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Report Finds Over Half of Maryland’s Black Students Attend Intensely Segregated Schools

Date Published: April 18, 2013
Maryland’s public school students are increasingly segregated by race and class, in spite of growing diversity in student enrollment statewide. The report is the first of its kind to thoroughly explore the status of school segregation trends in Maryland since the peak of desegregation in the 1980s.
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April 18, 2013

UCLA Report Finds Over Half of Maryland’s Black Students 
Attend Intensely Segregated Schools

School Segregation Escalates Even as State’s Population Becomes More Multiracial

LOS ANGELES—Maryland’s public school students are increasingly segregated by race and class, in spite of growing diversity in student enrollment statewide, according to a report released today by The Civil Rights Project at UCLA. The report is the first of its kind to thoroughly explore the status of school segregation trends in Maryland since the peak of desegregation in the 1980s. Settle for Segregation or Strive for Diversity? A Defining Moment for Maryland’s Public Schools shows that over half (54.2%) of the state’s black students attended intensely segregated schools (90-100% minority) during the 2010-2011 school year, a large increase from one-third (33.5%) in 1989. At the same time, nearly a quarter of Maryland’s black students (22.9%) attended apartheid schools (99-100% minority) in 2010, up from 19.1% in 1989. 

In fact, the report finds that these segregation levels for black students exceed those in Virginia (see recent CRP report) and a number of Southern states that also had de jure segregation in the past.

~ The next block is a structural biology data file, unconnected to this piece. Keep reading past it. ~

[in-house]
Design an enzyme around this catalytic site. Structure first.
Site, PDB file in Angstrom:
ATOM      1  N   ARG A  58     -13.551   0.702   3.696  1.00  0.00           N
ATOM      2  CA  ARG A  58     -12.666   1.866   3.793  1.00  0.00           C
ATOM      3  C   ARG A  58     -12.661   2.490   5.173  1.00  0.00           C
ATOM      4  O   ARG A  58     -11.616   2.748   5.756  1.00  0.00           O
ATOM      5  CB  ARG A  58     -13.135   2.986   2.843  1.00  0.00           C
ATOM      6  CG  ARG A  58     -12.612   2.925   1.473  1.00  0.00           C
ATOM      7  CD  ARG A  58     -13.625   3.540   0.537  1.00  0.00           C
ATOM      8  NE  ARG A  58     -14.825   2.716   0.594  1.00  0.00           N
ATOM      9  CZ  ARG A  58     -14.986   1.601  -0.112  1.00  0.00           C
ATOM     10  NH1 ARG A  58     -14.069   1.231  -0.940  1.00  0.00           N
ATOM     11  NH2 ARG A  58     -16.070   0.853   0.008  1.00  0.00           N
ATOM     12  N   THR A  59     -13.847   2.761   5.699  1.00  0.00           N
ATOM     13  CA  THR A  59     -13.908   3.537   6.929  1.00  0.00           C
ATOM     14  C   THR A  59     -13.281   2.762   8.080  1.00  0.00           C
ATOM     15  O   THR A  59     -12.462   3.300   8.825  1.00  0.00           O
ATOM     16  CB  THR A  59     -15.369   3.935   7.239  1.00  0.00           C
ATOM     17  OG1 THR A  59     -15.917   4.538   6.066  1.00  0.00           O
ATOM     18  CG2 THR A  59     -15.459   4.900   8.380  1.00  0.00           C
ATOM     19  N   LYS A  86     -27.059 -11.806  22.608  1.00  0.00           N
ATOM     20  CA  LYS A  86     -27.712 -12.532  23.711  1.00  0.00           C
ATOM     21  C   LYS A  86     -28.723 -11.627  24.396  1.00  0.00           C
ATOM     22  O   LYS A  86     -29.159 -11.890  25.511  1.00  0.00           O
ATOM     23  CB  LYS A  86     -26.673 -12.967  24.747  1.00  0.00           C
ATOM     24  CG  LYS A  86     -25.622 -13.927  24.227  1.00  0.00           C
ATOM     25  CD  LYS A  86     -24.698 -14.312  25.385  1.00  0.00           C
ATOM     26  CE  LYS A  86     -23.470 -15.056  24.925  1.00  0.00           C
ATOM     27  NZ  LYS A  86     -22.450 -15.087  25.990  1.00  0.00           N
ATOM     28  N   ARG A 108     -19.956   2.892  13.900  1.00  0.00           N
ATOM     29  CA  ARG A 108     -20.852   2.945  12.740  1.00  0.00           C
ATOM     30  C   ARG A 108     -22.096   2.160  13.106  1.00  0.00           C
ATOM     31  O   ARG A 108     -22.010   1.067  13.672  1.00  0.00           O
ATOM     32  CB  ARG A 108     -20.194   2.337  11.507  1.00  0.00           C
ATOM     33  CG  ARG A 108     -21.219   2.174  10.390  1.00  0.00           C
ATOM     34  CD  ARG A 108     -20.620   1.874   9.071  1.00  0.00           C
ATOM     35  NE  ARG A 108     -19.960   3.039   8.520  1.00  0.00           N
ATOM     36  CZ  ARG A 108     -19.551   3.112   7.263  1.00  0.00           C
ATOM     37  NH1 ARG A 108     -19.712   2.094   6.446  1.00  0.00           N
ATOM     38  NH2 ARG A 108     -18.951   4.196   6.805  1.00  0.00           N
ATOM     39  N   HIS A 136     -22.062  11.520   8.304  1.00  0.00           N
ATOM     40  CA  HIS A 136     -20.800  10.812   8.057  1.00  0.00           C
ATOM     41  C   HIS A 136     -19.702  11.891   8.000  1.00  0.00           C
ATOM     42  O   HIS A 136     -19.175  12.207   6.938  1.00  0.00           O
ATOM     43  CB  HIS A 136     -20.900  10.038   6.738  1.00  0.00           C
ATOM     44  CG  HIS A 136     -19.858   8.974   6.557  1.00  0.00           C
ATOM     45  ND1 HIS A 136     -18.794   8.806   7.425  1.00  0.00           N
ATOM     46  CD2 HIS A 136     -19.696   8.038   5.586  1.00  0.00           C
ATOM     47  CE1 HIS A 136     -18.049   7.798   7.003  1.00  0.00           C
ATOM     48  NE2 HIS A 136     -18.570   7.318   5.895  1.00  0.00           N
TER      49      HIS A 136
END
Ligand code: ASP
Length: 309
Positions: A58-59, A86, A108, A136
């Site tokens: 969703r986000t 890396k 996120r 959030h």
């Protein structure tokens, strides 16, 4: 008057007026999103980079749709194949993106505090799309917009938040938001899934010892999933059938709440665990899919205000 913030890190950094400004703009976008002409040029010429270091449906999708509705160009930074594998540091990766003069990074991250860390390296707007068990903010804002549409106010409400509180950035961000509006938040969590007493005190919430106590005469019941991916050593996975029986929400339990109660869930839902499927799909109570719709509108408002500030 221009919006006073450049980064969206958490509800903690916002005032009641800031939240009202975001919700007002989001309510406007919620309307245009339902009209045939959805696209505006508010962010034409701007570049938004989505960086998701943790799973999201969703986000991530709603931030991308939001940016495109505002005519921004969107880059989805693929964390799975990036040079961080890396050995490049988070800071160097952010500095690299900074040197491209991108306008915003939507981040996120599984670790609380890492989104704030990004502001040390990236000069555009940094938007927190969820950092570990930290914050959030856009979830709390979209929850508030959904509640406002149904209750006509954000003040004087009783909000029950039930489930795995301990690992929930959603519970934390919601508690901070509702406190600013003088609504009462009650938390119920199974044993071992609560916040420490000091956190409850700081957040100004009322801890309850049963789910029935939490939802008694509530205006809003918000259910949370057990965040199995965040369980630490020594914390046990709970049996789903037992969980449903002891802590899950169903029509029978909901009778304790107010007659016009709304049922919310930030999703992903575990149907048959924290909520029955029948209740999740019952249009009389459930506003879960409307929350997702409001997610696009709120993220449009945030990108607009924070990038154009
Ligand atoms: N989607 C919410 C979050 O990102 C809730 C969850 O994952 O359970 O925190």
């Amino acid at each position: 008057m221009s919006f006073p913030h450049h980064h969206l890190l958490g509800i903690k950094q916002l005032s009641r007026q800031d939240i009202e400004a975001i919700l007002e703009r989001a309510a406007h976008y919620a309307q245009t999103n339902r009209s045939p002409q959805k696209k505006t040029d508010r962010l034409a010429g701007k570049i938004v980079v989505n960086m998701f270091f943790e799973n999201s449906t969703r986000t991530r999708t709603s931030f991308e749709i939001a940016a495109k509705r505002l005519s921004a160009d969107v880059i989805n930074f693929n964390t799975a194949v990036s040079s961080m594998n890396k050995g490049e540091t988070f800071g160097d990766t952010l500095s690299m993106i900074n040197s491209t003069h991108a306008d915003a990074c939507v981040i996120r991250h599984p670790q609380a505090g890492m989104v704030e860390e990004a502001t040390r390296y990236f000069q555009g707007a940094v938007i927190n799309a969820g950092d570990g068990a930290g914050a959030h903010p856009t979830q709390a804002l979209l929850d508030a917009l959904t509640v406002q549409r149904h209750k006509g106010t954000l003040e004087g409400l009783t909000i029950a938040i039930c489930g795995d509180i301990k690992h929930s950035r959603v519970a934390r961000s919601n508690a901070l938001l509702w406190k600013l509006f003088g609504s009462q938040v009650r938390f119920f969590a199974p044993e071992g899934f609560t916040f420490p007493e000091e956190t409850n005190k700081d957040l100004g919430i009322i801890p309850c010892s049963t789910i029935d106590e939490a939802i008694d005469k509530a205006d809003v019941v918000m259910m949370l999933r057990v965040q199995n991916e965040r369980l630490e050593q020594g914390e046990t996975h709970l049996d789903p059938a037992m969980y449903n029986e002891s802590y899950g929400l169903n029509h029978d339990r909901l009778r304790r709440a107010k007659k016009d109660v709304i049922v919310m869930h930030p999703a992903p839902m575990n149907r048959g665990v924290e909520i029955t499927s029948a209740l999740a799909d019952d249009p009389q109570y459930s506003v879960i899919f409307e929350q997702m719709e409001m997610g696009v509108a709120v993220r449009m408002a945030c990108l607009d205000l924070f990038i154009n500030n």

The report also found dramatic upsurges in segregation for Latino students since 1989, at the same time that their school enrollment increased. Most notably, in 2010, 78.1% of Latino students attended majority minority schools (more than 50% minority), a sharp rise from 47.0% in 1989. 

The report summarizes decades of research indicating that segregated schools are strongly related to many forms of unequal educational opportunity and outcomes. Minority segregated schools have fewer experienced and less qualified teachers, high levels of teacher turnover, inadequate facilities and learning materials, high dropout rates, and less stable enrollments. Conversely, desegregated schools are linked to profound benefits for all students.

The report notes that Maryland, one of 17 states that previously had de jure segregation as an official state policy, is a state in which there was historically intense segregation, followed by a modest effort to desegregate and then an abandonment of this effort. Following the 1954 Brown v. Board of Education decision, school districts across Maryland employed various methods to desegregate their schools, including mandatory busing in Prince George’s County, magnet schools in Montgomery County and a freedom of choice plan in Baltimore. Although districts made some progress in desegregating their schools, after plans that had the explicit goal of decreasing segregation ended, many of the schools in Maryland have again reached high levels of segregation.

From 1989 to 2010, statewide enrollment in Maryland’s public schools has become far more diverse and multiracial, the report reveals. The share of white students decreased from 61.9% to 43.4%, Latino students increased from 2.1% to 11.7%, while the black share of enrollment grew slightly from 32.3% to 35.1%. These enrollment changes mirror national trends and are caused by migration patterns and different birth rates and age structures, not a shift to private schools. The increased isolation of black students highlighted in this report is not due to their growth in total enrollment—which has been relatively stable—but is far more related to the declining share of whites.